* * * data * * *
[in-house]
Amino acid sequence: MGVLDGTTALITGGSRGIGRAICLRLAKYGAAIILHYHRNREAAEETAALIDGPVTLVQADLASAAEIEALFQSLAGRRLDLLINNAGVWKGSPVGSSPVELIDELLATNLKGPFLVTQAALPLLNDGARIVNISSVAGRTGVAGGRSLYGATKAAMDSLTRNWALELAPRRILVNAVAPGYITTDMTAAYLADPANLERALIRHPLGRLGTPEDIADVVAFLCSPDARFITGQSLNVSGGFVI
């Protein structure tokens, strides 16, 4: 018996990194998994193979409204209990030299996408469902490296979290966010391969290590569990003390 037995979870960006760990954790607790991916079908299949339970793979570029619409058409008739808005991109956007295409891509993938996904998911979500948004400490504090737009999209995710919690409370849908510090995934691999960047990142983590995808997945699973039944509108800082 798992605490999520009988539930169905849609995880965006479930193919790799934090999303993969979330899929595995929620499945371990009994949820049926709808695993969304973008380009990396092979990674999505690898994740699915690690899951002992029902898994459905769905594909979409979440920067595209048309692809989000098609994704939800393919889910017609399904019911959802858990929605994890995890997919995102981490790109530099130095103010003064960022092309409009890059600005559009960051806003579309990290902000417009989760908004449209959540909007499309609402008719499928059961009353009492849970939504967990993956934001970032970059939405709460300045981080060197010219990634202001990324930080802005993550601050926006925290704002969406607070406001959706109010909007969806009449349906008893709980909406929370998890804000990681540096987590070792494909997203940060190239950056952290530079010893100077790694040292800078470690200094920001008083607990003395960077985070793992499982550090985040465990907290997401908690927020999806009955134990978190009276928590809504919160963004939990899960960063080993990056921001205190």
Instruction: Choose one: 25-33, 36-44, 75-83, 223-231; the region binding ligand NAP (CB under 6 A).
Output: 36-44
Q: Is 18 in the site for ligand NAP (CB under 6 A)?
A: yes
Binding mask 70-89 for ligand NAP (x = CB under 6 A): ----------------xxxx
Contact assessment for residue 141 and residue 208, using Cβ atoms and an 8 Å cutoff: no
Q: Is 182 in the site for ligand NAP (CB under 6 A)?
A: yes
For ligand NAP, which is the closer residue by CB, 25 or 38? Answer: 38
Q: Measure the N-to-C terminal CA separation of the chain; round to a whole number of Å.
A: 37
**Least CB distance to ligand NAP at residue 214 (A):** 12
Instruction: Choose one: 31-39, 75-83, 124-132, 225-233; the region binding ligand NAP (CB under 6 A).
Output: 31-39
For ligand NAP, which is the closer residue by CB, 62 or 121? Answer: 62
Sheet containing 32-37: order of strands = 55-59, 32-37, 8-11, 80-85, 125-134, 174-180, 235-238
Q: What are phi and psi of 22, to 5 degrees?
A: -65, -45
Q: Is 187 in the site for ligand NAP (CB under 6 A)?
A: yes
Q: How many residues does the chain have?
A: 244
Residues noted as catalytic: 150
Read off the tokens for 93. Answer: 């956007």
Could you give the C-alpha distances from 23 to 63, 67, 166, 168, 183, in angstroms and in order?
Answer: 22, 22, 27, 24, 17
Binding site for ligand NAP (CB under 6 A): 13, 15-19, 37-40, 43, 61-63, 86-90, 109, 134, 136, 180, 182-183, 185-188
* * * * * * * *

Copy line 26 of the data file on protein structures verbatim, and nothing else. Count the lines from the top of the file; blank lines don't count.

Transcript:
Residues noted as catalytic: 150